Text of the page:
Though other states have yet to vote, the race for the GOP nomination could come down to a state that's already held its primaries: Pennsylvania. Most of its delegates -- 54 out of 71 -- will go to the convention in July unbound to any candidate, even on the first ballot.
So, although Donald Trump carried the state with just under 60 percent, only 17 of those delegates are bound to vote for him on the first ballot. Fifty-four delegates, elected by congressional district (CD), can vote for Ted Cruz, John Kasich, or even Mickey Mouse (who is not on the ballot but could be written in).
CBS News tried to contact the 54 delegates elected in Pennsylvania's 18 CDs (there are three delegates per district) and can confirm that Trump is certain to have considerably more than the 17 delegates he won outright in Tuesday's primary.
"If you believe in something, you stand up for it," says Matthew Jansen, a sales manager from the southern part of the state. "I've stood up for people that were not popular. I was unapologetically a Trump supporter, and that's the way I'll be all the way to the convention."
Lynette Villano, a billing clerk with the Wyoming Valley Sanitary authority from Pennsylvania's 17th district, echoed the sentiment.
"I ran for a delegate to support Donald Trump--that's it. That's why I ran," said Villano in an interview with CBS News. "If you don't like Donald Trump, don't vote for me as a delegate." Villano, with 23,904 votes, garnered more votes than any of the other 10 delegate candidates in her district. Indeed, Villano and two other women swept the 17th district delegate slate, running as self-identified "Women for Trump."
Not all delegates ran attached to a specific candidate, however. Rep. Ryan Costello, PA-6, promised to represent his district's popular vote on the first ballot come July.
"Congressman Costello has previously stated he believes a delegate or alternate delegate should reflect the will of the voters in their congressional district on the first ballot. His position still stands," a senior adviser told CBS News in a statement.
A number of others, including Tina Pickett, a Pennsylvania state representative, agreed. Pickett said she'd support Trump on the first ballot because of her district's strong support for the candidate, but admitted "if it gets to later ballots, I'll vote for who can win in November."
That notion is guiding several other delegates' decisions as well. Phillip English, a former congressman who remains uncommitted, said electability is one of the most important factors for him. "You have to nominate someone who has a reasonable claim on being electable. I think Trump is developing that," he said. English also said he'll take his district's popular vote into consideration, observing Trump's vast Pennsylvania victories indicate a "mandate" from voters that "ought to certainly guide the nomination process."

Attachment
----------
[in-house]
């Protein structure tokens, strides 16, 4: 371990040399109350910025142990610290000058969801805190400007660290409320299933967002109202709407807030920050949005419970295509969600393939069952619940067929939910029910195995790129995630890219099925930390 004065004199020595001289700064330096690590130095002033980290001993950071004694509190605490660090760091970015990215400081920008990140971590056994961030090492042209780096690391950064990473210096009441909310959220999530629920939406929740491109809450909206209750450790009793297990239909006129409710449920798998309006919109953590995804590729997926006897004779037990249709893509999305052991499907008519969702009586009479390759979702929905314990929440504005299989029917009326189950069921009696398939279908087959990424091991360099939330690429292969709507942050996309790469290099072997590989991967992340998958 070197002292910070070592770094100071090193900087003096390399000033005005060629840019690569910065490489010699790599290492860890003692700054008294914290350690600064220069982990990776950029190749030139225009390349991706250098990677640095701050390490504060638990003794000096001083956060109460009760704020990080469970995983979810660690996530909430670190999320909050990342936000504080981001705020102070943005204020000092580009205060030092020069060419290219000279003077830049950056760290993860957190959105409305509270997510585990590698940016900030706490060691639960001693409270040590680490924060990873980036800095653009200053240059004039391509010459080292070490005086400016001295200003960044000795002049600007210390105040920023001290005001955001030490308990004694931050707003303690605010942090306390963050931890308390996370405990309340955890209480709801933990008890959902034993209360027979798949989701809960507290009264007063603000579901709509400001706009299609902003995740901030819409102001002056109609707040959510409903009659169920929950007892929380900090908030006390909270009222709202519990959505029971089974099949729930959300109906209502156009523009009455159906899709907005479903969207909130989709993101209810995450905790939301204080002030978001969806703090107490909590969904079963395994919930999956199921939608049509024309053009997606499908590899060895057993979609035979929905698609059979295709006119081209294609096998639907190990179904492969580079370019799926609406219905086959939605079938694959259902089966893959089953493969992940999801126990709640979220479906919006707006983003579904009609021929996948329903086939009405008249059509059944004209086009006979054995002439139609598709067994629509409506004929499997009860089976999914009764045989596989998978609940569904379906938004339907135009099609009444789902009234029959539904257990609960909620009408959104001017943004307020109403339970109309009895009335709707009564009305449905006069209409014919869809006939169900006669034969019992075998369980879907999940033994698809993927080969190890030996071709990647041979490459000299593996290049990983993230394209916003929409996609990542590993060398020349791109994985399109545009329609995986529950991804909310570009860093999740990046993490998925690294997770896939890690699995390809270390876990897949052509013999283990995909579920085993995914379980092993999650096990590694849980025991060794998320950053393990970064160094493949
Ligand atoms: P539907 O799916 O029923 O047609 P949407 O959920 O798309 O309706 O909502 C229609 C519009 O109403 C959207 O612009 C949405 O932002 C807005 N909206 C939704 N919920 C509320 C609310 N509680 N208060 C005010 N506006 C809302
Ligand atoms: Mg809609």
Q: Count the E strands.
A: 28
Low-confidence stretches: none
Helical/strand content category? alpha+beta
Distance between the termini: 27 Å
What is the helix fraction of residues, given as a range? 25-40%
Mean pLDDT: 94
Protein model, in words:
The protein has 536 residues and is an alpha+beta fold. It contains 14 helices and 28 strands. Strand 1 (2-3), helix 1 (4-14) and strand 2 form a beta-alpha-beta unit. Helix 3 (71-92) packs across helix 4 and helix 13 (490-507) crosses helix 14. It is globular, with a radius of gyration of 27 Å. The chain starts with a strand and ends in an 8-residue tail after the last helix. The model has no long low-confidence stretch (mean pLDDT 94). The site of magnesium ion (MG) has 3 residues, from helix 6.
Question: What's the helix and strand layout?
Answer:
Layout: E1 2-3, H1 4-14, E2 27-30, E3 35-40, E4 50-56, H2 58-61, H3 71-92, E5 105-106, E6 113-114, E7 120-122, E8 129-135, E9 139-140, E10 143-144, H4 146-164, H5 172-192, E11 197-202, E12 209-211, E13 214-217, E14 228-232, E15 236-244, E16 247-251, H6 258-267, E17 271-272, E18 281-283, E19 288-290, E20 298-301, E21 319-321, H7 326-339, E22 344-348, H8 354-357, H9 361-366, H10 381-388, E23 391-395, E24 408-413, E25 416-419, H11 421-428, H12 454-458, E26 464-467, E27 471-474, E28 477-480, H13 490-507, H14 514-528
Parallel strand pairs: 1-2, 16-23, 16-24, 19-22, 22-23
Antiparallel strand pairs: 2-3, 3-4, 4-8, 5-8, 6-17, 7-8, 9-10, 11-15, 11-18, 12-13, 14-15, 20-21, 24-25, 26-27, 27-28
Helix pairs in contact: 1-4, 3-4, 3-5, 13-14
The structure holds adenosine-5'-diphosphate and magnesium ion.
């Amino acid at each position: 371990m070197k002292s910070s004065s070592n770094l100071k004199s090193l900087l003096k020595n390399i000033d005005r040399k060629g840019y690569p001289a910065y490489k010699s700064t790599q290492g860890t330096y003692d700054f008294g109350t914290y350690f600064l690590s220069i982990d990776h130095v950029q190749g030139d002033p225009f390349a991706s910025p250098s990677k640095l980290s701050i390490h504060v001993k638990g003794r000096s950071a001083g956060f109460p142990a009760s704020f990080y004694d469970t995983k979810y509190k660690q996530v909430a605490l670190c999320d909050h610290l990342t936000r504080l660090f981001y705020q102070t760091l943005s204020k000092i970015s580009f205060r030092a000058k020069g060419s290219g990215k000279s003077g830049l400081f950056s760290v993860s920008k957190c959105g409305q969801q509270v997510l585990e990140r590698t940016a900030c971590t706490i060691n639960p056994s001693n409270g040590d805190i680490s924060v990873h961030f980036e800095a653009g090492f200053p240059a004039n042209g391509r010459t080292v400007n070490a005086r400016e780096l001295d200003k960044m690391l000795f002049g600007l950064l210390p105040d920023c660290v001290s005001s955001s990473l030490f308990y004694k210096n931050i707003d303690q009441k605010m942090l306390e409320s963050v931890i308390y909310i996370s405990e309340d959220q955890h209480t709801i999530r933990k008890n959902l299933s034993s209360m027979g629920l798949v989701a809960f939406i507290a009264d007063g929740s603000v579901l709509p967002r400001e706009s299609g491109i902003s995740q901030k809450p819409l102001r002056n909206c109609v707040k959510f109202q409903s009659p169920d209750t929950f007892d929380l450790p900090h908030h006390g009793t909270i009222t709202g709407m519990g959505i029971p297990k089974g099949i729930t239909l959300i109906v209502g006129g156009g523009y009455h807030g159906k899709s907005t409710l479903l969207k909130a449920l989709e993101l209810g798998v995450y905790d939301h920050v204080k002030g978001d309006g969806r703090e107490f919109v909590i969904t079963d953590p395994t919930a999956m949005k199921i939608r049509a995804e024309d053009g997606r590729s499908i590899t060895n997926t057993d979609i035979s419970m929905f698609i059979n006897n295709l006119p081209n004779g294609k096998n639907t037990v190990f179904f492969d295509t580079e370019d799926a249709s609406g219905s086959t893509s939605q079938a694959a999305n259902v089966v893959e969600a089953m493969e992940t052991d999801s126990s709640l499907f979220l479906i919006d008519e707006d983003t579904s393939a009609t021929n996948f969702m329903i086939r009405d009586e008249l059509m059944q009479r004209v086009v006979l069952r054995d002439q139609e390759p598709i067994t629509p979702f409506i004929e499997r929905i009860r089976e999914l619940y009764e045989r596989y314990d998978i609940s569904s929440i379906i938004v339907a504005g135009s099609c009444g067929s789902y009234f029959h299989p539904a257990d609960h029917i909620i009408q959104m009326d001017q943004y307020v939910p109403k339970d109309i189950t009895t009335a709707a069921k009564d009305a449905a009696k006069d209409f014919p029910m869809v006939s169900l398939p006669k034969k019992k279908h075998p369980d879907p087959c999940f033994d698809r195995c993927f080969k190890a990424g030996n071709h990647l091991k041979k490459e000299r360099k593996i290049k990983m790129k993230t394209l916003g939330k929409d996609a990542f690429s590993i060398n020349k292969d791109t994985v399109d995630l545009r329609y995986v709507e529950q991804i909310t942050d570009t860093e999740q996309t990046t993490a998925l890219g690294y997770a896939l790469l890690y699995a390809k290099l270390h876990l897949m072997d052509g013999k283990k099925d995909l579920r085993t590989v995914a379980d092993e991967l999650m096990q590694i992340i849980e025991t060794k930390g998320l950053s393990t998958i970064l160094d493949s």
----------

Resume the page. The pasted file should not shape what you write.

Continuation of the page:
Some delegates haven't decided who they'll support yet, like the entire 14th District delegate slate. "I'm uncommitted, I ran uncommitted, and I'll stay uncommitted until all the cards on the table in July," Mary Anne Meloy told CBS News. "We're independently elected, we ran telling people we were uncommitted," said Michael Devanney, also representing Pennsylvania's 14th at the convention in July. "The three of us are planning to get together sometime this week and talk about next steps, but I think we all remain open to all the candidates."
Of the 33 delegates CBS News was able to speak with, 25 confirmed they'd support Donald Trump for at least the first ballot come convention in July, whether by personal preference or voter fiat.
At least six remain uncommitted, with only Mary Wert, a homeschool parent, pledging her support for Ted Cruz in the first round of balloting. For her second ballot vote Wert admitted, "I don't know what's going to happen... who's even going to be still standing," but offered her full throated support for the Texas Senator. "I was very, very vocal and open that I am going to be supporting Ted Cruz on the first ballot."
Wert's vote for Cruz may be too little too late, however. After sweeping all five state primaries on Tuesday, Donald Trump emerged as the only candidate mathematically eligible to lock up the nomination ahead of the convention in July. Still, Cruz and Kasich's plan to split up the remaining primary states means more attention is likely to be paid to unpledged delegates, as both campaigns hang their last hopes on a contested convention. A number of delegates acknowledged all three candidates had reached out to them following Tuesday's elections with the hope of swaying their vote before July, but none received more than a phone call.